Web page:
Florida's massive retirement fund now has a $19.2 billion gap between the amount of money it has and the amount of money it needs to cover all current and future benefits.
A report released Monday shows that the Florida Retirement System - home to some 900,000 active and retired public employees - is now underfunded by 13.1 percent. That's an increase of $1.2 billion over last year.
The overall pension fund is worth nearly $128 billion.
The size of the gap is still within a range considered healthy by many financial experts, but it could still fuel a political debate in the Florida Legislature.
Gov. Rick Scott has complained about the long-term health of the pension plan - and whether the state is overestimating the amount it expects to earn off investments.
Florida in 2011 pushed to require public employees to start paying three percent of their salaries to cover part of their pension costs but that money is not being used to help make up the gap. Unions challenged the three percent contribution requirement and the case is pending before the Florida Supreme Court.
The new numbers on the pension plan were prepared by the actuarial firm Milliman and presented to a group of state economists.
The numbers could change between now and December, when a final report is drawn up. Some of the economists on Monday said the state may need more information on some of the assumptions underlying the new report.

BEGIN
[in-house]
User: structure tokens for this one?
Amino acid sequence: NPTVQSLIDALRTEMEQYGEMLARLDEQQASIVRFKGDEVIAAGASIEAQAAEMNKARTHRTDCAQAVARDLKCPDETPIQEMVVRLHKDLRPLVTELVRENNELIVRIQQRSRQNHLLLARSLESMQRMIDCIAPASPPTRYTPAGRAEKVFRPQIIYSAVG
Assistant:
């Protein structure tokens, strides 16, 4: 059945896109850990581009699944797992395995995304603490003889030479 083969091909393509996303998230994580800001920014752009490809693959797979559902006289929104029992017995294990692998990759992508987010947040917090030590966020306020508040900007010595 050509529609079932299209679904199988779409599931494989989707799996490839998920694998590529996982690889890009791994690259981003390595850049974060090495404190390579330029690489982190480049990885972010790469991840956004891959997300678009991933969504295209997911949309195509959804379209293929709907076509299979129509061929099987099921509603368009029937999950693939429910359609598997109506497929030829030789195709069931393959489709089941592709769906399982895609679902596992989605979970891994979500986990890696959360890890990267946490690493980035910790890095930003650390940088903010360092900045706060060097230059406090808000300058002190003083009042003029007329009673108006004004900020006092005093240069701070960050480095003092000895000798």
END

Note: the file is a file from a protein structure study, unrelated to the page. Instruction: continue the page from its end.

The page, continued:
Florida's pension chief has already said that the state may need to ratchet down expectations on how much it expects to make off investments in the coming year.
Ash Williams, executive director of the State Board of Administration, has echoed the concerns expressed by Scott and others that the state is relying on investment returns that may not be achievable in the wake of the 2008 financial meltdown and record-low interest rates that have made it harder to yield large investment returns. Scott once called state and local pensions a "ticking fiscal time bomb" although he did not propose any serious changes this year.
The state now assumes that it will earn 7.75 percent on its investments in order to pay off its pension plan obligations. The state has not consistently met those targets. But if the state were to lower its investment returns it would increase the unfunded portion of the pension plan.
This is the fourth year in a row that the pension fund has been underfunded, which largely occurred because the 2008 financial crisis cost the pension fund billions.
There is right now an expectation that lawmakers will spend roughly $500 million in the coming year to help bring down the size of unfunded portion of the pension plan.